How can any birder not agree that Hawfinches are really cool birds. I’m sure Franck Renard thinks the same. Just look at his photos of these beautiful Hawfinches below. Feel the photographer’s respect and desire to portray the species as it really is.

 Hawfinch by Franck Renard

Hawfinches by Franck Renard

Hawfinches by Franck Renard

Many thanks to Franck for sending us these photos and for allowing us all to enjoy them. It just so happens that this winter there has been an exceptionally good number of Hawfinches in northeast Spain. From early November I’ve had the good fortune to see Hawfinches in Navarra, Huesca and on several occasions in the Montsec area, Lleida.

For me nowadays seeing a Hawfinch is one of the bright sparks of winter birding. And I’m sure Hawfinches will give Franck and I something to talk about when he comes here in February to photograph the Lammergeier and other vultures.

Curious to see the face behind the photos? See who Franck Renard is and a little of what he does by following this link, and this other one.

November birding in northeast Spain

Read Neal Warnock’s excellent trip report. How he faced up to highway robbery and snowstorms and still came out smiling after having seen a good number of great birds.


Blogging by Marius

I hadn’t been in touch with my friend Marius for a couple of years. Back when I was researching for “Where the birds are in northeast Spain” Marius selflessly provided me with information on where to find certain birds in his Tarragona homeland (Baix Camp and Alt Camp, Catalonia) and also invited me to help myself to his cherries whenever I was in Farena in the summer.  So I rang him and we chatted for a while about the Bonelli’s Eagle, his motorbike, my second book and his cherries.

I also found out that he has blog (or bloc as he puts it in Catalan). Follow this link to find out more about Marius and his relationship with the natural world around him: 


If you only understand English then be prepared – it’s in Catalan. In fact true to his Catalan roots Marius pokes a bit of fun at me for the name of my website. But it’s only a bit of fun, and I can forgive him as long as I can sneak into his garden and pick his cherries every June after doing my Common Bird Count at Farena.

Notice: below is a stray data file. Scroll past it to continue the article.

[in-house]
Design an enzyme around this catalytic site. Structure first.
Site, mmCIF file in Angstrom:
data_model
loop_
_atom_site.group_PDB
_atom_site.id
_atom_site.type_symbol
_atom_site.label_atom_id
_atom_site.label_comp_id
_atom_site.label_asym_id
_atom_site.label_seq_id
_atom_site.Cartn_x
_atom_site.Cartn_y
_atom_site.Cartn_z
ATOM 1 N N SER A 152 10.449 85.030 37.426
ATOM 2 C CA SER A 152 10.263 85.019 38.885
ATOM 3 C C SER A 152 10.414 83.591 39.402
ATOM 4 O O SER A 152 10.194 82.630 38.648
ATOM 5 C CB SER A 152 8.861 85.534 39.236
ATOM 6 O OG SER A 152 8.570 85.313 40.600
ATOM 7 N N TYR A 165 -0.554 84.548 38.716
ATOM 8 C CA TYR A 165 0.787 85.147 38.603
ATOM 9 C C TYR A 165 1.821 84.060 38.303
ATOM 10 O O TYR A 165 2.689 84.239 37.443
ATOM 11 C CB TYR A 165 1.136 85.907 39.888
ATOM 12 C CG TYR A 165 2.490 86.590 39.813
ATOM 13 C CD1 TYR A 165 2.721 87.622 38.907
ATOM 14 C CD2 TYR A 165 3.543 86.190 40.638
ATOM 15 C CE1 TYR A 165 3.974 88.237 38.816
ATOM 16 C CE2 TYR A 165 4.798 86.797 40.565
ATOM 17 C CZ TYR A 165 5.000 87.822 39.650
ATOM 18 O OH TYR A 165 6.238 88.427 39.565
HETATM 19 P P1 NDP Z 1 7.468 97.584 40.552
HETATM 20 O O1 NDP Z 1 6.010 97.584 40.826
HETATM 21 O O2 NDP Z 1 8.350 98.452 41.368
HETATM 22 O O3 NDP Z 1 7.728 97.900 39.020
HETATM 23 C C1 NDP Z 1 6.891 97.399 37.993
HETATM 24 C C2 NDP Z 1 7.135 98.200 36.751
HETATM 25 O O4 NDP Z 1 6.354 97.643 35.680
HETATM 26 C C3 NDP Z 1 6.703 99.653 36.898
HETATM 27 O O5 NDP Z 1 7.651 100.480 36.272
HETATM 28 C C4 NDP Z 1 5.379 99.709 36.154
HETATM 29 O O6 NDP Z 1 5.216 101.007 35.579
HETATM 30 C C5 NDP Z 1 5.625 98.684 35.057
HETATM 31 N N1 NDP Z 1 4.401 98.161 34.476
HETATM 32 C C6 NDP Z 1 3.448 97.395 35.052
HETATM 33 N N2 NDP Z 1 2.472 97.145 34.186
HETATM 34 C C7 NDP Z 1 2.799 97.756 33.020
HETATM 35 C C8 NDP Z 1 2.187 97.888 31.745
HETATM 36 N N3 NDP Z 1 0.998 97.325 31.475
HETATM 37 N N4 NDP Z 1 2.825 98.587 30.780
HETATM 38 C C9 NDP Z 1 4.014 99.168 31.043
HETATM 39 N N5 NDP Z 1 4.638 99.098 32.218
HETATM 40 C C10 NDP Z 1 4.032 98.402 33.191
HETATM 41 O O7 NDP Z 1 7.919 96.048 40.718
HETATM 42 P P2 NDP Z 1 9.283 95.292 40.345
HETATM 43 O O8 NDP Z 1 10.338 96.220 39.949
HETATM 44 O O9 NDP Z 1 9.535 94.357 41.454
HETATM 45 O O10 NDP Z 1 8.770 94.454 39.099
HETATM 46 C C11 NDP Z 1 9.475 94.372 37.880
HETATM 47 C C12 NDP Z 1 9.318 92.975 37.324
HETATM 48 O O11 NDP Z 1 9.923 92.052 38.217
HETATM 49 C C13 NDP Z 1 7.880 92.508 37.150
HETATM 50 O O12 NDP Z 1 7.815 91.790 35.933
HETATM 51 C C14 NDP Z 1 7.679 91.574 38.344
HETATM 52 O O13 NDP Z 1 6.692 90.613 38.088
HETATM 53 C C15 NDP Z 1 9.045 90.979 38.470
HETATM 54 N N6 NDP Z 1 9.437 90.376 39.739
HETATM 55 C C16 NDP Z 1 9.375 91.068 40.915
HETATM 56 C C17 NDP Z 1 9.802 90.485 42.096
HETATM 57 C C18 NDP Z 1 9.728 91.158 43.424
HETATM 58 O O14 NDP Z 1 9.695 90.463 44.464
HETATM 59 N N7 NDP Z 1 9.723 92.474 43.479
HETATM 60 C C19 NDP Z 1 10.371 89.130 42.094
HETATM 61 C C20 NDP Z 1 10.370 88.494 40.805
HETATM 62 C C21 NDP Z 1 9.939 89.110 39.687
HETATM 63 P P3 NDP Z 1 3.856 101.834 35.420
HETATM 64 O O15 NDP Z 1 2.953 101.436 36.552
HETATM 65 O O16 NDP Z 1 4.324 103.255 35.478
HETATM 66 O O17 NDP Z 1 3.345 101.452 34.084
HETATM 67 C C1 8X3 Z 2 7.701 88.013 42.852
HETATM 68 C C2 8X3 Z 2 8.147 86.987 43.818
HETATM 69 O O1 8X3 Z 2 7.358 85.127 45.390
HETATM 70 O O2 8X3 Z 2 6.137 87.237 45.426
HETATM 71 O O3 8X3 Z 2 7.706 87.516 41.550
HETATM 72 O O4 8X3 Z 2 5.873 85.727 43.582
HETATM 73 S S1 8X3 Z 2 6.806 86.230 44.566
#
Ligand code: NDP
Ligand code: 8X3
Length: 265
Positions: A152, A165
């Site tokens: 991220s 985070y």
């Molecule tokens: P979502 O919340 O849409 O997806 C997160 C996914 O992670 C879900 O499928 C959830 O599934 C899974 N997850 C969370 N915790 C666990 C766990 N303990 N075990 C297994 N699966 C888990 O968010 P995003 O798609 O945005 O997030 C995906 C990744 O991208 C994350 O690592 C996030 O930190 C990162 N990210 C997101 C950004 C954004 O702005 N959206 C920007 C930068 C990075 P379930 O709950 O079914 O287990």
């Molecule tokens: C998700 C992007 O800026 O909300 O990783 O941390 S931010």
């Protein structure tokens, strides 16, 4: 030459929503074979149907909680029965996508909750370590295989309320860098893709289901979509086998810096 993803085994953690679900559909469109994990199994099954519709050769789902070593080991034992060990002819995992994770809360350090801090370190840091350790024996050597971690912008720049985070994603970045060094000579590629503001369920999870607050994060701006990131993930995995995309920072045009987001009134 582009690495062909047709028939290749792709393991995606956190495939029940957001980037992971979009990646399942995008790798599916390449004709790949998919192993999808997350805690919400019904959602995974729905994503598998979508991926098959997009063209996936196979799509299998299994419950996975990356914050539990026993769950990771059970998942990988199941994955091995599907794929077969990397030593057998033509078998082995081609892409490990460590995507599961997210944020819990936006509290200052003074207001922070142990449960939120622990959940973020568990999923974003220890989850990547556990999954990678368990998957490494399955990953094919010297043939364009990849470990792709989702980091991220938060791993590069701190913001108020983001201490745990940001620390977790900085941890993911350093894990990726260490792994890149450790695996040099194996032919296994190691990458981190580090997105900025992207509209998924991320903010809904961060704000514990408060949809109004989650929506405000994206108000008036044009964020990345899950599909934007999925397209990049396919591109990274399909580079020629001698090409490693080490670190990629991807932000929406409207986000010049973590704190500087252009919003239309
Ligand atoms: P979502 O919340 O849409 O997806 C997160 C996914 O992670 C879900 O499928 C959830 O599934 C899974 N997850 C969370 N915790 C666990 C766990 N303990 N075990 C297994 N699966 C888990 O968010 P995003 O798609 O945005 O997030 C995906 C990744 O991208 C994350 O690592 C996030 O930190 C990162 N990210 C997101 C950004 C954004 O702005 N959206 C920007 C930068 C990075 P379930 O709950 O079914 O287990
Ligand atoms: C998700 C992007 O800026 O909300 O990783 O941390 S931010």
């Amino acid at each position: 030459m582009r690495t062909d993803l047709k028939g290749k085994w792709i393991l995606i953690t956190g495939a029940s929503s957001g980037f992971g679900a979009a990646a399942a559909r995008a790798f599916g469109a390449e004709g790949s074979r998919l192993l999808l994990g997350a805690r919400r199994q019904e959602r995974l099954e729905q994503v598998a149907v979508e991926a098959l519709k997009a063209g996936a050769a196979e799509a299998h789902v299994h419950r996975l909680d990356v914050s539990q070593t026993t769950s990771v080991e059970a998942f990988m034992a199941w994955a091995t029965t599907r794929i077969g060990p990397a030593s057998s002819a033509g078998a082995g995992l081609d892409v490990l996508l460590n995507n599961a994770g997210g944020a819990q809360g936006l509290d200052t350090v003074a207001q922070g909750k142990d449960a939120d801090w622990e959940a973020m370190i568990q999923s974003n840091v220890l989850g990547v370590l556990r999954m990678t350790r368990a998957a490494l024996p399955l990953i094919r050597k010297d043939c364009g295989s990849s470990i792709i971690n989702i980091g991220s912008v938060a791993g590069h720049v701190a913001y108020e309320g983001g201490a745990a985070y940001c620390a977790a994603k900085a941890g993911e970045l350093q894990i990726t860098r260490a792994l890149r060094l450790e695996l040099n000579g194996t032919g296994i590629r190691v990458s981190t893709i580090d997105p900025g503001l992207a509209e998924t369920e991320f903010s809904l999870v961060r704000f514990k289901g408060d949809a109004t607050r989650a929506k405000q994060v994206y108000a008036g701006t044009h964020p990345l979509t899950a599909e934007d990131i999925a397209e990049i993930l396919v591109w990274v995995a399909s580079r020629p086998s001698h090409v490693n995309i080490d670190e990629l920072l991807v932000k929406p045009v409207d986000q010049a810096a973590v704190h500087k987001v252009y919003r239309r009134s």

Rivers of life

The Portuguese nature photographer and remote friend Joao Cosme has just published a book of his photos of the wildlife and landscapes of his native Portugal. “Rios de vida” (Rivers of Life) is the title, as it is a visual account of the rivers that run through his native land, from the hills and mountains down to the Atlantic Ocean. Those rivers are so often the life blood to the surrounding land and to biodiversity itself. Joao’s camera has skillfully captured a great variety of these rivers’ natural elements, from butterflies, dragonflies, reptiles and amphibians to birds, mammals, trees and landscapes.

Rios de Vida

The photos that most caught my attention were the Grey Heron in the corner of a seemingly blank, whitened-out landscape, a flock of Black-tailed Godwits in flight, bathed in sunset red, and the more abstract treescapes.

The accompanying text in both Portuguese and English is brief and concise and plays a secondary role to the images.  

You can see more details about “Rios de Vida” on Joao’s blog:


I was particularly pleased, although not surprised, that one of Joao’s stunning images of the spectacular Bonelli’s Eagle was chosen for double-spread treatment. Those who possess a copy of the Montsec Birding Routes Map can also see an equally stunning image of the Bonelli’s Eagle, also taken by Joao.  

With birding, possible is everything

Possible is everything    

I was driving my car in the sierras of Tarragona the other day, on the way home after a bird census. It was then that I came up with this catch phrase “Possible is everything”. Attention now – that is not the same as “Everything is possible”. For one thing, I don’t believe that the Dodo will ever fly, for example.

The Pine Bunting that has been kicking around with the wintering Yellowhammers at Aspa (near Lleida) since early in the New Year was the catalyst for this far-reaching reflection. I said to myself,
“If a visiting birder came across a Pine Bunting near Aspa (which is in the middle of nowhere in particular), why couldn’t that bunting I’ve just passed while in my car be a Rustic Bunting, and not a Cirl Bunting? I’ve just told myself that it was a Cirl Bunting even though I haven’t really seen the bird well enough to know for sure. However unlikely it may seem, couldn’t that bird be a Rustic Bunting?”

The thought rang out so loud that I had to stop the car and back around a sharp bend (Hey! It’s a very quiet road!), to come to a halt opposite the bush where the bunting in question had landed. I groped for my binoculars on the passenger seat and I clinched the identification – Cirl Bunting.

But it’s not the fact that it was indeed a Cirl Bunting that matters. After all the Cirl Bunting is the bunting one is most likely to see in these parts. No, what carries real weight is that I actually stopped, reversed and took a good look at the bird in the bush.

Because it could have been something else.

It could have been a Rustic Bunting, for example.

Where birds and birders meet “possible” is everything.

A view of Riglos in the province of Huesca.

Personally, I feel closer to the possibility of finding Spain’s first Radde’s Accentor than scaling the vertical rock faces of Riglos.

Birding Hotspot Challenge 2009

Birding Hotspot Challenge 2009

It’s been there sizzling in my brain for some time, then it went cold…..now it’s started to boil! The Hotspot Challenge! That’s it – the gauntlet has been thrown down, will it be taken up or will it be swept up and carted away by the municipal cleaning brigade?